Have you seen all the amazing photos and articles about the Discovery Center in Queens, NY? It’s a library that is all science, all the time. Amazing! The folks from the Queens Children’s Library Discovery Center gave a program at ALA emphasizing that no matter what your space and budgetary constraints, you can mix science into your library. A few ideas from the well-attended session:
- Connect hands-on science stations or science activity sheets in the branch with the Dewey stacks. For example, next to a butterfly activity, have a sign leading to the 595s. Similarly, have a sign by the butterfly books suggesting children do the activity.
- Focus on doing science with children, as opposed to instructing them. It’s not school! Be hands-on.
- Reinforce skills associated with science: observation, measuring, estimation, etc. Activity examples include having kids track the development of a growing plant over the summer or having them estimate the number of books on a display.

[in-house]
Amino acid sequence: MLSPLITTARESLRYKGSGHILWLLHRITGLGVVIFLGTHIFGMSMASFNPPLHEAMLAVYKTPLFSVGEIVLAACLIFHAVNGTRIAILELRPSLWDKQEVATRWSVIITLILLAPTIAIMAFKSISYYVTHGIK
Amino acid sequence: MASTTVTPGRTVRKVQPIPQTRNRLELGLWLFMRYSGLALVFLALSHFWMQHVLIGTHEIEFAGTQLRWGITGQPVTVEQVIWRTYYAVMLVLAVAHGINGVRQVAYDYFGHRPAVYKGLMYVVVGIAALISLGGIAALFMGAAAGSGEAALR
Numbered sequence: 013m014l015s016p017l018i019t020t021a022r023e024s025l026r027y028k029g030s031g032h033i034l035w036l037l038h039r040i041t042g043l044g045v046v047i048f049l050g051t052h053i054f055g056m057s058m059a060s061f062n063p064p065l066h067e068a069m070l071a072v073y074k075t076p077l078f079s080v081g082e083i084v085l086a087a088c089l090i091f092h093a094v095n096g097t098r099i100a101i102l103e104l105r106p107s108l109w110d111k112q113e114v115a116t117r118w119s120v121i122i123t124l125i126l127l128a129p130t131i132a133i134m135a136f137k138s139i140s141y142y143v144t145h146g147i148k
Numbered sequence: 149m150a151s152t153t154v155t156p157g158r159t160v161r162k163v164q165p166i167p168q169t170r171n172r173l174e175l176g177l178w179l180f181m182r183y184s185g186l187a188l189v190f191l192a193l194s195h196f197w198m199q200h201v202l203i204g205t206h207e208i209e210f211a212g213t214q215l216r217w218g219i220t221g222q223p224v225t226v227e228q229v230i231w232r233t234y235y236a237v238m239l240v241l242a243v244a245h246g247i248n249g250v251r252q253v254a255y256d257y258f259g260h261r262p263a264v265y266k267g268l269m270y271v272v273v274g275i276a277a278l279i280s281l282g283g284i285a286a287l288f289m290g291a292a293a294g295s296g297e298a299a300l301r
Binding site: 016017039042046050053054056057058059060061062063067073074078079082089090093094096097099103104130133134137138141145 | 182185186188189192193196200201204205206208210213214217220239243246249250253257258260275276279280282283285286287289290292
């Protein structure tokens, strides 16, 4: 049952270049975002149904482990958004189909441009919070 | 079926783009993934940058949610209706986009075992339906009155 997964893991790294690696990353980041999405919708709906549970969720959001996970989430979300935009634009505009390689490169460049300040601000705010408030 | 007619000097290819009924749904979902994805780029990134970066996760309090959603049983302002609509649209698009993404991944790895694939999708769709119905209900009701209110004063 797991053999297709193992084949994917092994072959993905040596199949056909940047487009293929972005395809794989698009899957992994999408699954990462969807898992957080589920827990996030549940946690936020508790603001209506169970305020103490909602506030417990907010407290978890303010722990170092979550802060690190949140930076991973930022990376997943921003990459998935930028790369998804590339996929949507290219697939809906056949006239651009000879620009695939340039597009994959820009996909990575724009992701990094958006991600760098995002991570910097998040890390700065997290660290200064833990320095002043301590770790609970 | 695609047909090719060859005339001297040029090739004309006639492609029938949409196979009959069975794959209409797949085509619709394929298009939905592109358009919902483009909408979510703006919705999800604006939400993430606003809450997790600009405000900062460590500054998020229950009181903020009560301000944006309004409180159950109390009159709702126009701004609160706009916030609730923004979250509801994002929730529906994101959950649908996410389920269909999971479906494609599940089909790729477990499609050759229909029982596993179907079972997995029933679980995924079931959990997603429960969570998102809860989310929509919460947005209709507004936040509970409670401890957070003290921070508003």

- Get teens to help–children are excited by young people who enthusiastically share science with them.
- Need ideas for programs? Look to educational standards for age-appropriate topics and the internet for hands-on activities.
My library has an airplane science program coming up later this summer, and in the meantime I intend to think of informal ways to add science activities in the branch. Right now I’m thinking of science signage in the nonfiction stacks and take-home science activities (instead of just take-home crafts).
What are some of your successes and/or ideas for science at the library?
I am the Children’s Librarian at the Corporate Parkway Branch of the St. Charles City-County Library District in Missouri. I am active in ALSC, and I blog as the Show Me Librarian at http://showmelibrarian.blogspot.com/.